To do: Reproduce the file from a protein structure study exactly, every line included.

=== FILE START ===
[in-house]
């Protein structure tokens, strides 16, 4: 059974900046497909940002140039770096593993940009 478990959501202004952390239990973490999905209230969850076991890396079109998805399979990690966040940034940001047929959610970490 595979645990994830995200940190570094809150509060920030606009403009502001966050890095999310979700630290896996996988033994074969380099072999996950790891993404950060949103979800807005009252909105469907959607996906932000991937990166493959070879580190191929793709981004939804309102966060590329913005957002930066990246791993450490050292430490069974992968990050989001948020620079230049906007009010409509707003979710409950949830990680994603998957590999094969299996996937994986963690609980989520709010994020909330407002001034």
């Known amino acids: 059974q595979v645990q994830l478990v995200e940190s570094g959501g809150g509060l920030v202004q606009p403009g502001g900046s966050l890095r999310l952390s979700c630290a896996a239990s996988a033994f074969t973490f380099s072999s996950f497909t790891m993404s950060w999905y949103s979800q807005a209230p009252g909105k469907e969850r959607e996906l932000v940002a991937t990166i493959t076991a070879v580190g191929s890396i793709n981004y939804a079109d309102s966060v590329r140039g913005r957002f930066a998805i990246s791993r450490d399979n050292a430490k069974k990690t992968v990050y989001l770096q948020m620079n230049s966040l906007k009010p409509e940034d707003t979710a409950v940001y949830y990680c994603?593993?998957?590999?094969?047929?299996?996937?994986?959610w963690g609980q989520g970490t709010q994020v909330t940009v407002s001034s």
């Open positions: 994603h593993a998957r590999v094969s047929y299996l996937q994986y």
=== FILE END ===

[in-house]
């Protein structure tokens, strides 16, 4: 059974900046497909940002140039770096593993940009 478990959501202004952390239990973490999905209230969850076991890396079109998805399979990690966040940034940001047929959610970490 595979645990994830995200940190570094809150509060920030606009403009502001966050890095999310979700630290896996996988033994074969380099072999996950790891993404950060949103979800807005009252909105469907959607996906932000991937990166493959070879580190191929793709981004939804309102966060590329913005957002930066990246791993450490050292430490069974992968990050989001948020620079230049906007009010409509707003979710409950949830990680994603998957590999094969299996996937994986963690609980989520709010994020909330407002001034």
């Known amino acids: 059974q595979v645990q994830l478990v995200e940190s570094g959501g809150g509060l920030v202004q606009p403009g502001g900046s966050l890095r999310l952390s979700c630290a896996a239990s996988a033994f074969t973490f380099s072999s996950f497909t790891m993404s950060w999905y949103s979800q807005a209230p009252g909105k469907e969850r959607e996906l932000v940002a991937t990166i493959t076991a070879v580190g191929s890396i793709n981004y939804a079109d309102s966060v590329r140039g913005r957002f930066a998805i990246s791993r450490d399979n050292a430490k069974k990690t992968v990050y989001l770096q948020m620079n230049s966040l906007k009010p409509e940034d707003t979710a409950v940001y949830y990680c994603?593993?998957?590999?094969?047929?299996?996937?994986?959610w963690g609980q989520g970490t709010q994020v909330t940009v407002s001034s």
């Open positions: 994603h593993a998957r590999v094969s047929y299996l996937q994986y």